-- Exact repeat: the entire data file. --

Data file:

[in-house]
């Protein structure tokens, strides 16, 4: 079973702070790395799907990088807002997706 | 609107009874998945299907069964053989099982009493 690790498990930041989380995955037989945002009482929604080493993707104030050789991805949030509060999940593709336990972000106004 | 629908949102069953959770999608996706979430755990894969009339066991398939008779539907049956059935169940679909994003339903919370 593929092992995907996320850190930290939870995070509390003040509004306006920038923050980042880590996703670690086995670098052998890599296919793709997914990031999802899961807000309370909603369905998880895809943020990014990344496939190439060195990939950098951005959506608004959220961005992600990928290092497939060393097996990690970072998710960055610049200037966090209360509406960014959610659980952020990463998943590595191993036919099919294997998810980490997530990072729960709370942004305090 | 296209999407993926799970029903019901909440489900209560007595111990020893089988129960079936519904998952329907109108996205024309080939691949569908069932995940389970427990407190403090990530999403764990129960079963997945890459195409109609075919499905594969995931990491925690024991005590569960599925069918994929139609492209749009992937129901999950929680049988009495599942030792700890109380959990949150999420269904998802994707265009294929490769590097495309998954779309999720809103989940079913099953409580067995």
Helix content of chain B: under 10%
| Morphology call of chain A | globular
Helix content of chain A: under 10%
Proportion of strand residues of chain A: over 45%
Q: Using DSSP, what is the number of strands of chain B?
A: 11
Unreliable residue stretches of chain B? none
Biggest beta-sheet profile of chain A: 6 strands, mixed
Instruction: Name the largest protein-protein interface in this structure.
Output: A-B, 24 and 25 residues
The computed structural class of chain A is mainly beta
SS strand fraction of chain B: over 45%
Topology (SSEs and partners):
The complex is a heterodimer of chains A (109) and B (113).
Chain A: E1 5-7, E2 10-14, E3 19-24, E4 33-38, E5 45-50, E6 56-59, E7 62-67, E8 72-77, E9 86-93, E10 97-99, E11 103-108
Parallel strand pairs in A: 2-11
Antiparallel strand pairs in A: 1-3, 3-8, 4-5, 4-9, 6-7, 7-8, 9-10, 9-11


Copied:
[in-house]
């Protein structure tokens, strides 16, 4: 079973702070790395799907990088807002997706 | 609107009874998945299907069964053989099982009493 690790498990930041989380995955037989945002009482929604080493993707104030050789991805949030509060999940593709336990972000106004 | 629908949102069953959770999608996706979430755990894969009339066991398939008779539907049956059935169940679909994003339903919370 593929092992995907996320850190930290939870995070509390003040509004306006920038923050980042880590996703670690086995670098052998890599296919793709997914990031999802899961807000309370909603369905998880895809943020990014990344496939190439060195990939950098951005959506608004959220961005992600990928290092497939060393097996990690970072998710960055610049200037966090209360509406960014959610659980952020990463998943590595191993036919099919294997998810980490997530990072729960709370942004305090 | 296209999407993926799970029903019901909440489900209560007595111990020893089988129960079936519904998952329907109108996205024309080939691949569908069932995940389970427990407190403090990530999403764990129960079963997945890459195409109609075919499905594969995931990491925690024991005590569960599925069918994929139609492209749009992937129901999950929680049988009495599942030792700890109380959990949150999420269904998802994707265009294929490769590097495309998954779309999720809103989940079913099953409580067995």
Helix content of chain B: under 10%
| Morphology call of chain A | globular
Helix content of chain A: under 10%
Proportion of strand residues of chain A: over 45%
Q: Using DSSP, what is the number of strands of chain B?
A: 11
Unreliable residue stretches of chain B? none
Biggest beta-sheet profile of chain A: 6 strands, mixed
Instruction: Name the largest protein-protein interface in this structure.
Output: A-B, 24 and 25 residues
The computed structural class of chain A is mainly beta
SS strand fraction of chain B: over 45%
Topology (SSEs and partners):
The complex is a heterodimer of chains A (109) and B (113).
Chain A: E1 5-7, E2 10-14, E3 19-24, E4 33-38, E5 45-50, E6 56-59, E7 62-67, E8 72-77, E9 86-93, E10 97-99, E11 103-108
Parallel strand pairs in A: 2-11
Antiparallel strand pairs in A: 1-3, 3-8, 4-5, 4-9, 6-7, 7-8, 9-10, 9-11